October 16, 2006 at 1:37 AMThis week I met my 52 new students.
I'm already extremely proud of every single one of them; look what they did...
They made their very own violins. A group of fellow parents at McKinley School in Pasadena had taped 55 rulers onto 55 egg cartons; I drew the violin [PDF for 8.5x14 page], and they provided the color.
As you can see, they are going to provide me with quite a lot of color!
Here's the plan I came up with, for those of you who are curious about what a person does when presented with the task of starting a Suzuki-based violin program for 52 first graders, "next week!":
They'll have two 45-minute-long classes a week: a "lesson class" with about 15 kids in each one, and a "group class" with about 30 kids. (So I'm teaching four lesson classes and two group classes.)
Even though I had only a week to come up with a plan, I had some good brains to pick, particularly that of the extraordinary teacher, Cheryl Scheidemantle, who has run a similar program for slightly older children at Polytechnic School in Pasadena for some 18 years. She's the one who told me that one class a week is not enough, it only works if you do two. So two, I'll do.
She also reminded me to go slow, and build a reverence for the delicacy and care of a violin. And have rules, lots and lots of rules, for kids!
So each day last week, I gathered my small charges and we walked to the room. But we did not enter. I first numbered them off and told them that their numbers were their rows. Then, we walked in and made rows. We practiced how to bow to each other and say "good morning!" I ran them through how to stand while playing, then played them Twinkle. My lovely assistant, Robert, helped me distribute the violins to color and crayons. (He gets parent volunteer credit!) As the kids colored and listened to the Suzuki Book 1 tape, I called them up individually to be measured for their "real" violins.
I sent them home with lots of info: What size real violin to get, where, when class will be and a page on the Suzuki philosophy [PDF], boiled down to its essence.
There are certainly challenges ahead, like how to distribute 16 violins to the more-than-16 kids who aren't able to go rent a violin. But I'm so excited, this is such an amazing opportunity, to teach this rainbow assortment of children.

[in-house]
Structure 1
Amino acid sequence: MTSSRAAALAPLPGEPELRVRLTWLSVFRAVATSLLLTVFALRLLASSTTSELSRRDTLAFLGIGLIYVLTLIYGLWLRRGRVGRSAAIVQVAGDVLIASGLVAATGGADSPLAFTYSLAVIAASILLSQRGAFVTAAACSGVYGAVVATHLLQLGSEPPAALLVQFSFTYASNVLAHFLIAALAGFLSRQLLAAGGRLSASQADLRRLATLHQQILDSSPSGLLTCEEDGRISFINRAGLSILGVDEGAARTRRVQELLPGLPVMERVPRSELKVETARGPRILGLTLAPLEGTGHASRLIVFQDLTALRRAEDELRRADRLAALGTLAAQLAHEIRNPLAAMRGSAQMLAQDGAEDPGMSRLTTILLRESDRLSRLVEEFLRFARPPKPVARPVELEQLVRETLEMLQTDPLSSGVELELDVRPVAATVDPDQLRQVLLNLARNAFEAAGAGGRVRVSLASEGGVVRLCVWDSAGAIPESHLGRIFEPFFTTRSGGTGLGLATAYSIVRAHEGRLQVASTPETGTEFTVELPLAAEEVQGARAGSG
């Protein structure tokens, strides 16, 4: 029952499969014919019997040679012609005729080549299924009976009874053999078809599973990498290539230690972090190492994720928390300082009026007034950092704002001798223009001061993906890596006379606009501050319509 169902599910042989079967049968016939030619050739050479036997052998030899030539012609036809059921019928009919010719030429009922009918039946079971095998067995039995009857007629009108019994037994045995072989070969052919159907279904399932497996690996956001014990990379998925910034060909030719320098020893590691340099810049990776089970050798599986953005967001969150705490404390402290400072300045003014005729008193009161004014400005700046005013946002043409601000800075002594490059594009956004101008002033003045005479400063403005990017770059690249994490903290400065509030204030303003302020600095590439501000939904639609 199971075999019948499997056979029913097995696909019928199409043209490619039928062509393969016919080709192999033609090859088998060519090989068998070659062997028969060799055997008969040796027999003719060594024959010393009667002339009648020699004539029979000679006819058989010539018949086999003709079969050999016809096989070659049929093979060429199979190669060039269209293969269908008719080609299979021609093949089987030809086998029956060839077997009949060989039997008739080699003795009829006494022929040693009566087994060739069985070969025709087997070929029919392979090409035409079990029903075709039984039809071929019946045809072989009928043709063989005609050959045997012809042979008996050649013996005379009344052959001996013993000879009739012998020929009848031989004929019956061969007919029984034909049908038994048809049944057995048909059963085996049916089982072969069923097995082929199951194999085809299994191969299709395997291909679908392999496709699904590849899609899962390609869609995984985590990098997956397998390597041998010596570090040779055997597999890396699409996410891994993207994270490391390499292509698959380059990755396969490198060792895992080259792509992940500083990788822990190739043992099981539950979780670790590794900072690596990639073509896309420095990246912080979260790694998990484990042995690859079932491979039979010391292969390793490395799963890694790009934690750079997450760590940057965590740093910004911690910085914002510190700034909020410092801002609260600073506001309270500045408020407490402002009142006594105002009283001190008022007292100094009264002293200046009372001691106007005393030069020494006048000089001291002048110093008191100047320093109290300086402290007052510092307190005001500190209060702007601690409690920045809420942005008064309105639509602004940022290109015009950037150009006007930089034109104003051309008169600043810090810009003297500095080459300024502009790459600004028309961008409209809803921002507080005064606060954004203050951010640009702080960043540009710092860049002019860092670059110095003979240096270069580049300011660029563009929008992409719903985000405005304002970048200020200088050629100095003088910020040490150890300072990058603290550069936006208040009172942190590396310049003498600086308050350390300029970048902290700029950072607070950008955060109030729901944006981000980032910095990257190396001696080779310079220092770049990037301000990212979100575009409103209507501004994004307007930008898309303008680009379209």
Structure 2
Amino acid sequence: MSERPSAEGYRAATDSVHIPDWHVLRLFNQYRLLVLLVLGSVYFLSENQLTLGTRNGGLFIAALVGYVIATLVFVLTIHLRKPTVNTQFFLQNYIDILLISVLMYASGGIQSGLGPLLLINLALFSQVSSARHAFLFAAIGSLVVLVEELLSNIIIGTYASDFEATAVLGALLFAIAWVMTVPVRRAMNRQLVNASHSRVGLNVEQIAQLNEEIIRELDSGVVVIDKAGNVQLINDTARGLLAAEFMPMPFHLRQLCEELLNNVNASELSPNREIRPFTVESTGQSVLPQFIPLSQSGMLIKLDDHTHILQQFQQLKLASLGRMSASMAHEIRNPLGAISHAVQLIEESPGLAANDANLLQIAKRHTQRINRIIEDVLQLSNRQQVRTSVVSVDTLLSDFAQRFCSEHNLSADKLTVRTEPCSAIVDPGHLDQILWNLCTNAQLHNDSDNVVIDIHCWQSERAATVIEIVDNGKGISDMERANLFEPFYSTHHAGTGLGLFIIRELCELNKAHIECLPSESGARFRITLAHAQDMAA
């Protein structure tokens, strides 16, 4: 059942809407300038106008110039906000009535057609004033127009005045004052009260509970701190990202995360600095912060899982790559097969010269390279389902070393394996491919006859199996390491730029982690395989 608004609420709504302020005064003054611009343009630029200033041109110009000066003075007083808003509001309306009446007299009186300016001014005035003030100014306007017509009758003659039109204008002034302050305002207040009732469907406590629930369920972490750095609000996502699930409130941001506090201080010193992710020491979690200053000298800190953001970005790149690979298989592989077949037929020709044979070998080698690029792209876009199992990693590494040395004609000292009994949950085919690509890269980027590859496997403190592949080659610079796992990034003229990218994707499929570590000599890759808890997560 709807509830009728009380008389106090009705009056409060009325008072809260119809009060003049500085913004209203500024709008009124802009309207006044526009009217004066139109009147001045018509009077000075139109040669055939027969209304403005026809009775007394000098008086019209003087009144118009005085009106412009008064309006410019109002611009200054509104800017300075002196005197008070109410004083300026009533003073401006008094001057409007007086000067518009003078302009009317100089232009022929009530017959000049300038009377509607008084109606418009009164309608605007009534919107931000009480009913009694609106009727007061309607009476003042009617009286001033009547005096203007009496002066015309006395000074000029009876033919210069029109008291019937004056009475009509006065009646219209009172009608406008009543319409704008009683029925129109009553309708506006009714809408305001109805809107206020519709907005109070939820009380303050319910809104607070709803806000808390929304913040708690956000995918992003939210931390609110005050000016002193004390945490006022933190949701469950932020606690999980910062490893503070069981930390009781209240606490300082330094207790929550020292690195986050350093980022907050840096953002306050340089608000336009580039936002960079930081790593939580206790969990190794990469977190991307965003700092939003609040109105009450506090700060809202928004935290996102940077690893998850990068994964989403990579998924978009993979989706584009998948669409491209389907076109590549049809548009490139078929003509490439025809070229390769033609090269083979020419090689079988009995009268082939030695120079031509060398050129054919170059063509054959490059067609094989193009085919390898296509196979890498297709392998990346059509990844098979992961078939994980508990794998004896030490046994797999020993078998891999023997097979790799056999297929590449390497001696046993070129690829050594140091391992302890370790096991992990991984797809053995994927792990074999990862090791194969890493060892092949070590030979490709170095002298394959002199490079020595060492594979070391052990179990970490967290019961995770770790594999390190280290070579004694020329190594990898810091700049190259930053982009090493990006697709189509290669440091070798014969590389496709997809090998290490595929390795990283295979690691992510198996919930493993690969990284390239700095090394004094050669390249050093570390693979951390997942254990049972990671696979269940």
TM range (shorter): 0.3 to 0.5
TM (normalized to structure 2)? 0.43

When they finished their violins, we had a little art show. I hadn't planned this, but I always like to have one activity that brings out the individual in every group class. So we showed them, one by one, commenting on each violin's special qualities. Then I had each row take their violins to the cabinet, slowly and carefully, slowly and carefully... And they did; they walked slowly, handling their new violins like they were made of thin glass, laying them carefully in the cabinet.
All those little violins are sleeping in that cabinet now, waiting for the new week.
Laurie-- I know you're some kind of dual-major music / journalism writing genius, so I'm curious whether you could say a few words about how you write briefly (!) about something you care about; and who's reading that (target audience), and how that affects the writing...
[[Of course I'm projecting-- as I recently now have larger groups of younger students than usual, and I was just pressured into writing for them, which I had so far resisted.... (Ludwig Wittgentstein would be proud of me!)-- though, it was good... ]]
Buri, I love the bus idea!
PS. I admire your energy. Keep it up!
interesting to see that while adults are busy emulating the varnish of the cremonese, the kids have their own ideas..hmm. thank you for not giving them each a brown pen!
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